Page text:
The commission offered up eight recommendations for immediate improvement of public education in New York. The funny part is that not one of them is a new idea. Further, none of these recommendations will do a darn thing to improve education in New York state or any other place for that matter because we either cannot afford them or simply to not want to implement them.
Here are the recommendations with my commentary after each:
* Implement full-day pre-kindergarten for highest needs students.
Most educators would agree that the earlier the better when it comes to education. Ironically, with the recent cuts in funding to education in New York state, not only do we not offer enough early education for our children, many school districts have actually had to make cuts in pre-kindergarten and kindergarten programs. (Note: Kindergarten is not mandated in New York state. Thus, children do not have to begin attendance in school until grade one, or at 6 years of age.)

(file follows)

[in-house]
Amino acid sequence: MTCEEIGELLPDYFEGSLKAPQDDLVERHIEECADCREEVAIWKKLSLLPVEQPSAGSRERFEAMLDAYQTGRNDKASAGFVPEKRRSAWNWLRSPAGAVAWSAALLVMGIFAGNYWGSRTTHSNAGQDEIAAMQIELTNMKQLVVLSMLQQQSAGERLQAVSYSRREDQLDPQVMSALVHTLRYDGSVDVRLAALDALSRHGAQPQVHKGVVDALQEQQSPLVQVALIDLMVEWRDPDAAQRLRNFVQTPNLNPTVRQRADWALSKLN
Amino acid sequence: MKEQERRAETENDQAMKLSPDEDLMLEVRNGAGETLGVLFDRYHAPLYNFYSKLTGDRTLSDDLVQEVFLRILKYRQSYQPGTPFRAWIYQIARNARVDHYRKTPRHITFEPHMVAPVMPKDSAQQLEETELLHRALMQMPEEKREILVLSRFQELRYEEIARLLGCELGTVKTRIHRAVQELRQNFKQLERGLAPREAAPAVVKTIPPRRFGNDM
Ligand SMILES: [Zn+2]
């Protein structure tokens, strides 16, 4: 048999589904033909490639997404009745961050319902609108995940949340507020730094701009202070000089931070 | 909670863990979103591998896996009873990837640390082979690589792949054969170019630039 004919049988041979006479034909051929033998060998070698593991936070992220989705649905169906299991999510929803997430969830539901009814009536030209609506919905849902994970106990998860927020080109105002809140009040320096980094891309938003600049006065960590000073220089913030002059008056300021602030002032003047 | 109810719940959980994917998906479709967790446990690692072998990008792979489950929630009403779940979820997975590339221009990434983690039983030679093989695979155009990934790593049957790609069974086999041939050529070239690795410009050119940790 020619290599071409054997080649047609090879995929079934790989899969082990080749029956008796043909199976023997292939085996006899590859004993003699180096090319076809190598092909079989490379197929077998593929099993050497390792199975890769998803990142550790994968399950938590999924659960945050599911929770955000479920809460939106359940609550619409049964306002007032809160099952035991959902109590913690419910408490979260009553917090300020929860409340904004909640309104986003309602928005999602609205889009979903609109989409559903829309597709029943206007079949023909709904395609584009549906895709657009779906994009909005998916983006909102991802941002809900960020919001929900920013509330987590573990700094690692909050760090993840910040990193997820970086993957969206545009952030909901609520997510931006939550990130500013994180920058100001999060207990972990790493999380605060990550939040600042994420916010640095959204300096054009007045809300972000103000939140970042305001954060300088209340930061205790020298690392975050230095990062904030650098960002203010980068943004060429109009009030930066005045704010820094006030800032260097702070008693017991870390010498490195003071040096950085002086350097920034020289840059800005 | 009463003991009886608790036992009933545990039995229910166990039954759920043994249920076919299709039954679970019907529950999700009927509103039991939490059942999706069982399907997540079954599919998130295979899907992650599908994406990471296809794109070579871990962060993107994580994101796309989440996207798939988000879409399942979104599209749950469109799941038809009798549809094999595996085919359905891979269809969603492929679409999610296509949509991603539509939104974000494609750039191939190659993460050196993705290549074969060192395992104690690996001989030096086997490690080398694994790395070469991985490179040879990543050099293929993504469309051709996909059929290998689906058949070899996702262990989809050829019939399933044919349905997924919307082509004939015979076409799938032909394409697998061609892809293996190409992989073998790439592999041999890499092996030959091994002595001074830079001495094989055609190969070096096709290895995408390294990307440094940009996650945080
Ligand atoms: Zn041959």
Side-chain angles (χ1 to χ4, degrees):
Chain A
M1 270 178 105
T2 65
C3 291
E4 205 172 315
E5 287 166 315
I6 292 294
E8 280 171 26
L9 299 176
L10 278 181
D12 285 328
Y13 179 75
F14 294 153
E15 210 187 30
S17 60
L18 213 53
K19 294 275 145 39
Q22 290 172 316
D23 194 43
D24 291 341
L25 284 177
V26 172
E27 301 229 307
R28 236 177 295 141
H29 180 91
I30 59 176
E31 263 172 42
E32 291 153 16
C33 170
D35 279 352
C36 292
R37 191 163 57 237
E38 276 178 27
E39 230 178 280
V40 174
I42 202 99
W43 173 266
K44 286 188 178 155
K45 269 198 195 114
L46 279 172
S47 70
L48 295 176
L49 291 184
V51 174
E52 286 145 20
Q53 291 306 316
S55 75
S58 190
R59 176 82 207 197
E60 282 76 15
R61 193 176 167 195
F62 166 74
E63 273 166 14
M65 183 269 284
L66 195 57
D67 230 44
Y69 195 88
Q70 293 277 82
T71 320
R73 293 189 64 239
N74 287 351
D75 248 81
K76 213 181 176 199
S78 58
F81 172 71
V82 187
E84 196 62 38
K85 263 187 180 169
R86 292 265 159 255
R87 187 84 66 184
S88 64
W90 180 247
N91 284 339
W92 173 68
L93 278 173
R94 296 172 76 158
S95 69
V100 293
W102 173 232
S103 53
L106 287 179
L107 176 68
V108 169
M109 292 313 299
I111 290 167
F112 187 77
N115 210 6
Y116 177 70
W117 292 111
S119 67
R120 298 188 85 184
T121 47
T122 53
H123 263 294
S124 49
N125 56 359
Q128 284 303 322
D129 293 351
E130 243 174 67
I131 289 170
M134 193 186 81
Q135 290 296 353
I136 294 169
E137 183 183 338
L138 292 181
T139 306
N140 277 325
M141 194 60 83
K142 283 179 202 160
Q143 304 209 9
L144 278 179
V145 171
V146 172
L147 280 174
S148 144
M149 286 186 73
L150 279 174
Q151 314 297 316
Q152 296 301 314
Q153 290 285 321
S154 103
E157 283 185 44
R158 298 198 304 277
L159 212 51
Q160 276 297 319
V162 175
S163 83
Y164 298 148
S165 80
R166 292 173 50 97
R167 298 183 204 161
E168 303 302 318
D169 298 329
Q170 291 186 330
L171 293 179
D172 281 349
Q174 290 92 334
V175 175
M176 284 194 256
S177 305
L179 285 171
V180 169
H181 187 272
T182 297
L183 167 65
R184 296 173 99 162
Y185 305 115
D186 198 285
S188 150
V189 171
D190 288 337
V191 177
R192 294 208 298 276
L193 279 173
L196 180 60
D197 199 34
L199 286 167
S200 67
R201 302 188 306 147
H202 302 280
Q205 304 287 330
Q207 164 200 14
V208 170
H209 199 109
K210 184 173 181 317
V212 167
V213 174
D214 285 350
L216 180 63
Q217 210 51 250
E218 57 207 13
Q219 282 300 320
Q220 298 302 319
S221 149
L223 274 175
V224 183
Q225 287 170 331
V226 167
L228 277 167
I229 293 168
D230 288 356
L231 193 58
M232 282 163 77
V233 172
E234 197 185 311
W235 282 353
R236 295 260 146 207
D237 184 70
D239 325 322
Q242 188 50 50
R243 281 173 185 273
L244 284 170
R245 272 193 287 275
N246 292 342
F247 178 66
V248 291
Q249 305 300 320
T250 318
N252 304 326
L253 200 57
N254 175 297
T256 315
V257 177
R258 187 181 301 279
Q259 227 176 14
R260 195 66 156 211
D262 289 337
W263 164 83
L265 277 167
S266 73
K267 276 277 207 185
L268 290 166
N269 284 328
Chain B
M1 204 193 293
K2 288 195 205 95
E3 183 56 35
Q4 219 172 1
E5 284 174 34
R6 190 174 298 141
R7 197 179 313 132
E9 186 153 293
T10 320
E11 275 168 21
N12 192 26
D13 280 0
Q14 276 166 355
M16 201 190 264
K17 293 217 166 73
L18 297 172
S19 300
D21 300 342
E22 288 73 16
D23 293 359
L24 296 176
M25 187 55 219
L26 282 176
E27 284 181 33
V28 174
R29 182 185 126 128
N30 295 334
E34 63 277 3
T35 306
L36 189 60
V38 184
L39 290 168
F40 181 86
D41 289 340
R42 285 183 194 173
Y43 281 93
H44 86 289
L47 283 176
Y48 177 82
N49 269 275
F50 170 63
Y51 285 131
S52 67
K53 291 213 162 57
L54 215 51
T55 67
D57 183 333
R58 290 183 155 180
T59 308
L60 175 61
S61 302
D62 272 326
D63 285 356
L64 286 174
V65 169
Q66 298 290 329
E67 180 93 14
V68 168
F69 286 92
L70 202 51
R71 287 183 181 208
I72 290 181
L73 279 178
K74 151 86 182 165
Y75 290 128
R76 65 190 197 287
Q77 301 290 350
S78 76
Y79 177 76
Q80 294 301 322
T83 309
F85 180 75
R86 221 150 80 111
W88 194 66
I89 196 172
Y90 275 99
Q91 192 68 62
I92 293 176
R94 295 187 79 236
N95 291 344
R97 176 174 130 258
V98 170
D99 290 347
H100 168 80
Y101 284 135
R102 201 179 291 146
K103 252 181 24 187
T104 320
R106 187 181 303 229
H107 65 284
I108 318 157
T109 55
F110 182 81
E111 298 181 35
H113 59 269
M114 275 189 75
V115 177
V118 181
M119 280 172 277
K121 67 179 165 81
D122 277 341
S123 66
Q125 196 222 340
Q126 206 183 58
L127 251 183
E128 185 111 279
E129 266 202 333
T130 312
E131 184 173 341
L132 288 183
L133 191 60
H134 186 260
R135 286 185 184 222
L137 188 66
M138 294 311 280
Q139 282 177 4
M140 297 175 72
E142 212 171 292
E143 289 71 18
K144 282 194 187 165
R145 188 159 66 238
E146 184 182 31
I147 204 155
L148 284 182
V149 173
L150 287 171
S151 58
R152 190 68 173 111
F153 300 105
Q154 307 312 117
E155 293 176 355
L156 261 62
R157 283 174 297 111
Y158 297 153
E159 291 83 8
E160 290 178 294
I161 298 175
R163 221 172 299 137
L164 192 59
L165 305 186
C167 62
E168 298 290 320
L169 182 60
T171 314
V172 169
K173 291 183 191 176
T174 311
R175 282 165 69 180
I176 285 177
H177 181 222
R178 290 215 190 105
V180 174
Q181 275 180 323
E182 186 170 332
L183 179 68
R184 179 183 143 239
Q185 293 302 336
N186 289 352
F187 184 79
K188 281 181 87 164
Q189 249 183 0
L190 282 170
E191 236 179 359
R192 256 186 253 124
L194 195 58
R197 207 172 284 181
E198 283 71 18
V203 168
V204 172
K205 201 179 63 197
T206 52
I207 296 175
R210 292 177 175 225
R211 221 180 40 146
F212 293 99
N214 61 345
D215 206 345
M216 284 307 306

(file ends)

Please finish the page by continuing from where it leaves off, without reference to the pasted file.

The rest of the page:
* Streamline services and resources through "community schools."
Providing health services, family support services and other related services through the schools is an excellent idea. I have tried it. It works. However, it will not work in the long run due to "turf issues" unless it is mandated by law and the school personnel take the lead. Simply put, the other agencies do not want to play nice with the schools.